To justify the margins in a Word document means to align the text down the right-hand side and the left-hand side. This allows the text to have an equal area on the right and left-hand side of the page. The benefits of this are that it looks neat and presentable – allowing the reader to have a clear view of the text. Justification of text gives a document a professional look and gives off an instant positive reaction to those who will mark your paper.

Below are some examples of text being justified and some text aligned to the left. When wanting to justify your text, highlight over the paragraph you want to justify and click the icon seen in the picture below. There might be times when you want text aligned to the right or placed in the centre. These are the other options available to you.

 

Line Spacing:

Line spacing is exactly what the name suggests – the spaces between lines in a paragraph. Word will give you different options (from small spaces to larger spaces). Assigning no line spacing to your work means that your text will be closely squashed together. This may make it harder for readers and markers as they may lose words in the text. The standard line spacing used in academics at Rhodes University is 1.5 – allowing space between paragraph lines and preventing crowding.

Below are some examples of paragraphs with and without line spacing. When wanting to assign line spacing to your text, highlight over the paragraph and click the icon seen in the picture below.

 

 

Grouping of Objects:

Diagrams and visual objects are just as much a part of our academic submissions as paragraphed text. There may be instances when we need to create a diagram to better describe a topic or show the relationship amongst key concepts and their ideas. Additionally, academic works may require illustrating business process flow diagrams. Regardless of the reason or purpose, utilising shapes on word requires attention.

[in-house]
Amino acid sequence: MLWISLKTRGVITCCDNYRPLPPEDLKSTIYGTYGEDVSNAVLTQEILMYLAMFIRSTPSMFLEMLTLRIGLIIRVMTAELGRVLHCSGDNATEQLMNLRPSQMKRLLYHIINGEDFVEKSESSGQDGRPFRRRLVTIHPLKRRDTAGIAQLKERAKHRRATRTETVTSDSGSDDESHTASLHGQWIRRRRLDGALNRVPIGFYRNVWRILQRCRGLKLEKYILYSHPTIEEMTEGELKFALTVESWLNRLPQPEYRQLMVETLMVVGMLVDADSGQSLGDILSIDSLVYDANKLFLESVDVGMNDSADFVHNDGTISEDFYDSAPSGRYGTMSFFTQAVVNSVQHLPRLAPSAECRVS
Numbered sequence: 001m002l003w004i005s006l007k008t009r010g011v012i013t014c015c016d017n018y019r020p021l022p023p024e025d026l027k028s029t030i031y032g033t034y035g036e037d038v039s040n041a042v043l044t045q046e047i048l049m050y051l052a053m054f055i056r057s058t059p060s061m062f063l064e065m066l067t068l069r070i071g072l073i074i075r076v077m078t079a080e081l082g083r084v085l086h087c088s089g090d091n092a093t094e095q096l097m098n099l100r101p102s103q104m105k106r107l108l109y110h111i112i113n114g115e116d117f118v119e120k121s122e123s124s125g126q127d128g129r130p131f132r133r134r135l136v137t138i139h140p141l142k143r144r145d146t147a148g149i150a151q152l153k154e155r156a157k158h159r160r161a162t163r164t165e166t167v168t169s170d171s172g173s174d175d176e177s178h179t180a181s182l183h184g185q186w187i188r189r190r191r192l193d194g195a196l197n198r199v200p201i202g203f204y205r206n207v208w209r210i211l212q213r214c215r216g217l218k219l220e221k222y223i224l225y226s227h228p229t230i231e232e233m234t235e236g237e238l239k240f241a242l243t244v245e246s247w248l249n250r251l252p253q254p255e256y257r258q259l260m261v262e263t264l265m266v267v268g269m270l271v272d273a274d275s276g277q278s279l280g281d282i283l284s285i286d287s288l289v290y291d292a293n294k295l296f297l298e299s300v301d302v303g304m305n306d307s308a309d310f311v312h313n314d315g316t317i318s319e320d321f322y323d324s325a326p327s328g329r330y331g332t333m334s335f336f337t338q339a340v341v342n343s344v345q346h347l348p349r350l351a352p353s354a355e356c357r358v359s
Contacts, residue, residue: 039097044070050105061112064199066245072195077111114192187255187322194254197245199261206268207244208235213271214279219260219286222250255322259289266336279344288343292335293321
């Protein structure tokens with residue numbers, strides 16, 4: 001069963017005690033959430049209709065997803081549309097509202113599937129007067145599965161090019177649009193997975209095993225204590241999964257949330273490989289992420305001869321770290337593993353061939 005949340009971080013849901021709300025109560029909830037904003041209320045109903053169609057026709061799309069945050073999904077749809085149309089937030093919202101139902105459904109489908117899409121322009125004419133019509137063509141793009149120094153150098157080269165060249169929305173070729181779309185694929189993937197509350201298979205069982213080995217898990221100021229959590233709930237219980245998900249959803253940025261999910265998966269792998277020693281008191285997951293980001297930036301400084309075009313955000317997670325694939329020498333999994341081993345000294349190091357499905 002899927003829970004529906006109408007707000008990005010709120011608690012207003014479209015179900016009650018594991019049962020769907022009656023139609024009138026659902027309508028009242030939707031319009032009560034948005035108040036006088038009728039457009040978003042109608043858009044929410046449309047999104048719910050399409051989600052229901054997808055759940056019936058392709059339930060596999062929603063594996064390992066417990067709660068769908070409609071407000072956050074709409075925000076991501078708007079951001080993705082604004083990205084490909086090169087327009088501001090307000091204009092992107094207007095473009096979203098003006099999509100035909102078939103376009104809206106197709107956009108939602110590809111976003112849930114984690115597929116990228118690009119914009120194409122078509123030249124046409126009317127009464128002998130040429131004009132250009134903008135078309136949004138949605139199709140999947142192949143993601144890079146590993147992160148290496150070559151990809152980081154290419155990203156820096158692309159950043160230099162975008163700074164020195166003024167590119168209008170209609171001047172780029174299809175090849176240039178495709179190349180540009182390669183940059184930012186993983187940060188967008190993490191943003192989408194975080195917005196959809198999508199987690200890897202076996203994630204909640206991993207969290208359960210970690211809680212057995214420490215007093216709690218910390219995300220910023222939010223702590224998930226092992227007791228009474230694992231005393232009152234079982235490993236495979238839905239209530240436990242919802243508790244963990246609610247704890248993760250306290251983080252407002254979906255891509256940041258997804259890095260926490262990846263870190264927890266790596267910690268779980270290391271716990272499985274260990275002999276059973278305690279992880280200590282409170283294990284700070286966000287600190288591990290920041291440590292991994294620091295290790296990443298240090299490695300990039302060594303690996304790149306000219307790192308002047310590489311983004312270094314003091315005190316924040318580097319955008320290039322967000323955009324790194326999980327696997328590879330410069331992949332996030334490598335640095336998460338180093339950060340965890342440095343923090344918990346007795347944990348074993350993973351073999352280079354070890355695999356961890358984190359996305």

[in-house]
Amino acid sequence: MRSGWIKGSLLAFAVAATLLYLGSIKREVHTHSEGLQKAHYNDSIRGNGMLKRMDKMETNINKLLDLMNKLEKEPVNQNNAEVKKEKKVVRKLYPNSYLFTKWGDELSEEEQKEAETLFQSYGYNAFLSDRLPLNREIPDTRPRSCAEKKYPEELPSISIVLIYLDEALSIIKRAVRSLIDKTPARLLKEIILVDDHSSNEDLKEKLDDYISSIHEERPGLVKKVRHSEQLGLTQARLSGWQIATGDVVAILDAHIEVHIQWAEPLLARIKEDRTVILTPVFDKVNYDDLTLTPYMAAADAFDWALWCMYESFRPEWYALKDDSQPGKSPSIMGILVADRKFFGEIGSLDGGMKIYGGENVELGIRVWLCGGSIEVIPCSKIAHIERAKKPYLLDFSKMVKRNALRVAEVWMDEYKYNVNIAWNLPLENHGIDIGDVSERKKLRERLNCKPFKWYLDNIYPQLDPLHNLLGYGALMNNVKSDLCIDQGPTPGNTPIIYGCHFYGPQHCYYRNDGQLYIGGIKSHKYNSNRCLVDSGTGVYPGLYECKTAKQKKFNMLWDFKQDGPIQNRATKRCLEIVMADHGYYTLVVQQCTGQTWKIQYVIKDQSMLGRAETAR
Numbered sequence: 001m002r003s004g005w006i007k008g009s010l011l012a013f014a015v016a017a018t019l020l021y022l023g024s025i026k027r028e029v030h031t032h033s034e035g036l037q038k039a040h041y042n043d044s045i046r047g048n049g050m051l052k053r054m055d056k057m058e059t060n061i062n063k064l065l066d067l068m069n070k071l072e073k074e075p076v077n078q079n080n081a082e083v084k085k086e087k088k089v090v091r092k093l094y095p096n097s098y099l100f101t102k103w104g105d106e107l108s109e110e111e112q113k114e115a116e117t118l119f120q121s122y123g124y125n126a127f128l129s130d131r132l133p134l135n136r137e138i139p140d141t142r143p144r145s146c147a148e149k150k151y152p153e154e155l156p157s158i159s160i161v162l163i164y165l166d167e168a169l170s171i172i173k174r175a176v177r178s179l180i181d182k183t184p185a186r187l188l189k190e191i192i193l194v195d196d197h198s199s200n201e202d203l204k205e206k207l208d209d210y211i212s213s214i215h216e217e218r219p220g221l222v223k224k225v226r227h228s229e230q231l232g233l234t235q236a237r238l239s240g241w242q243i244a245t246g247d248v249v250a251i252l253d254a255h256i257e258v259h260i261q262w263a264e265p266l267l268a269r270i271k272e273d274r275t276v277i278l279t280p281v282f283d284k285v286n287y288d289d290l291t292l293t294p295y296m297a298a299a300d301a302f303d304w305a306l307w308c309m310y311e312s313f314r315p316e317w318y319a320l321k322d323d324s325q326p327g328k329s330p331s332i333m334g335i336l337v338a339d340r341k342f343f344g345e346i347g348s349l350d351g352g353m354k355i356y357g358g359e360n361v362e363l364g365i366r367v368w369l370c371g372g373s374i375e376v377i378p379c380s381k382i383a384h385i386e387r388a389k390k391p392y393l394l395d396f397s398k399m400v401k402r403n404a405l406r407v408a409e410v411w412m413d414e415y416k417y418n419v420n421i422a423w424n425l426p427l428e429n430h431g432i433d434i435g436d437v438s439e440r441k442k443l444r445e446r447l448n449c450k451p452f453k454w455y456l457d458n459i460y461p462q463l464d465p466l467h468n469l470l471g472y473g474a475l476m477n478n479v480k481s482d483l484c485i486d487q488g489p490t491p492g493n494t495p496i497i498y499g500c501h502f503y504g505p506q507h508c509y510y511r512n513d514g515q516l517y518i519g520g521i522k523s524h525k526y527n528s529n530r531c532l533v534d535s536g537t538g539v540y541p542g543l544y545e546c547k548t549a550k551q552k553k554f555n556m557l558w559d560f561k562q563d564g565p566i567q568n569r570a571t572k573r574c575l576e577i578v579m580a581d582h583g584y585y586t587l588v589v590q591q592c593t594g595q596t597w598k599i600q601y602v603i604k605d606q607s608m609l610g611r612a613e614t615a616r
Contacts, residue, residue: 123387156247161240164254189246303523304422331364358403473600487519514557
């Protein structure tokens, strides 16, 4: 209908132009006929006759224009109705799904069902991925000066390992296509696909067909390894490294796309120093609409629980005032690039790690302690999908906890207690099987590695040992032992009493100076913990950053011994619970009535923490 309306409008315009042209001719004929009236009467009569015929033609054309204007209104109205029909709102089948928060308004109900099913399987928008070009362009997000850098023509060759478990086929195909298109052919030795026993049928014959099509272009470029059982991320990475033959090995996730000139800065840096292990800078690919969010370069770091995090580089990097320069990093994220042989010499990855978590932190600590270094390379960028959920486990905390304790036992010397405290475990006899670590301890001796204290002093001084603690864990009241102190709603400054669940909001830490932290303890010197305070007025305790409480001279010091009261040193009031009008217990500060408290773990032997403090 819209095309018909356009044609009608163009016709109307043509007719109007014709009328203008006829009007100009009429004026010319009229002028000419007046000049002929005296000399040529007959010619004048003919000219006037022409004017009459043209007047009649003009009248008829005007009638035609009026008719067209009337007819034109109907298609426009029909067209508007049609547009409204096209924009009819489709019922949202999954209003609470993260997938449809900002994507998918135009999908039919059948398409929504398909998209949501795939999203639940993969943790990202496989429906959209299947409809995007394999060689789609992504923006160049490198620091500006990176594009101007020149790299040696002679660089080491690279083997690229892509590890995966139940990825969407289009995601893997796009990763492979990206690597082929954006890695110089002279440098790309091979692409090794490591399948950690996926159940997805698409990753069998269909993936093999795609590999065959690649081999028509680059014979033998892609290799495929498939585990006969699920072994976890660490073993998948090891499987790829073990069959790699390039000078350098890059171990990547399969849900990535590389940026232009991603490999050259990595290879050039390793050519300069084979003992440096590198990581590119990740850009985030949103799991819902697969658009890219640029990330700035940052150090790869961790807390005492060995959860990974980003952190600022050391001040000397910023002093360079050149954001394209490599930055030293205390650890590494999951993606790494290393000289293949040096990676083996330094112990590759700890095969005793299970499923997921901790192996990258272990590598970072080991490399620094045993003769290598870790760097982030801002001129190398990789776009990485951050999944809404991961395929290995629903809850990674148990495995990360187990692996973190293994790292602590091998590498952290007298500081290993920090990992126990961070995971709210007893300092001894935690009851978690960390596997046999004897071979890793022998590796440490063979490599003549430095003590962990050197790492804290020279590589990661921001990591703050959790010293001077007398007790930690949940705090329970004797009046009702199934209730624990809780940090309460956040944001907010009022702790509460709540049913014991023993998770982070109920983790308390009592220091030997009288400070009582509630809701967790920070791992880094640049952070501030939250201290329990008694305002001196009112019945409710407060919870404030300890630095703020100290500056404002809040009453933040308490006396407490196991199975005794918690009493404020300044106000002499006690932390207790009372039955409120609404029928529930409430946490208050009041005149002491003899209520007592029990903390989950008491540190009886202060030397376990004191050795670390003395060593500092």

However, placing shapes (and consequent diagrams) in a word document can be confusing – text often gets displayed and objects jump around. Also, we may draw a diagram – involving many shapes – in one part of our document but later decide we want to move it. The practice of dragging and dropping each individual shape in our diagram to a new place in the document can be tedious as well as upset the initial placements we originally chose. This is where grouping of objects occurs.

To group your objects means to connect all objects as one – solidifying your created diagram or model as on joint figure. As a result, you can now freely move the grouped object as one and not move each piece, bit by bit. This helps because it means that once you have aligned your shapes, and structured them accordingly, you will not lose your carefully crafted alignments, should you want to move the shapes.

Below is an example of how to group your diagram(s). In order to group all objects, press and hold CTRL while you select all the shapes in the diagram. Once all shapes/objects are selected, click the ‘Format’ tab beneath the ‘Drawing Tool’s’ heading – seen by the arrow on the left-hand side. Once this is done, click the drop-down icon as shown by the arrow on the right-hand side. From here, a drop-down list will show, and you can select the ‘group’ option. This will group all objects together, forming one big object – which you can move freely.

 

There are some useful videos available that can take you to the next step: using these layout features to create automatic Tables of Contents and more.

Take a look at these videos for more assistance:

http://postgradenvironments.com/2018/08/24/formatting-thesis-headings/

http://postgradenvironments.com/2018/08/24/formatting-thesis-layouts-breaks/

 

Source:CPGS